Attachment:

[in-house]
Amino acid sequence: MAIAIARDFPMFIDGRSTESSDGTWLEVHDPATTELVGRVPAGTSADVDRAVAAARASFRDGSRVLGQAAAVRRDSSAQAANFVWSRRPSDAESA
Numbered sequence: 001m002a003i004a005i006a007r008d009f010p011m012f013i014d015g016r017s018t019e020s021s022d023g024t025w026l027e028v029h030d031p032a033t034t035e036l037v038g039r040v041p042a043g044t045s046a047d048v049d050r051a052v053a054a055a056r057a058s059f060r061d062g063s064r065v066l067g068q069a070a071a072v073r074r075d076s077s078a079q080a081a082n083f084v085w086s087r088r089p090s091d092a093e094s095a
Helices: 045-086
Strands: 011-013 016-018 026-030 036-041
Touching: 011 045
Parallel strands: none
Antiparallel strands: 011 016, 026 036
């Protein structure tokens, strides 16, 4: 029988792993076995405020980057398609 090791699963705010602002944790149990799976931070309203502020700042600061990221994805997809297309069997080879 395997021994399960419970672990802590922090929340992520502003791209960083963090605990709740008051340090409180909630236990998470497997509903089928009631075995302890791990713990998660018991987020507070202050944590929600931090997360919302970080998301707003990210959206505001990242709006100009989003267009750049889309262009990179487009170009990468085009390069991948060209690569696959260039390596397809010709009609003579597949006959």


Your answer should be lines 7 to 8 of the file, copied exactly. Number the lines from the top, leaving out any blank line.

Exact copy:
Parallel strands: none
Antiparallel strands: 011 016, 026 036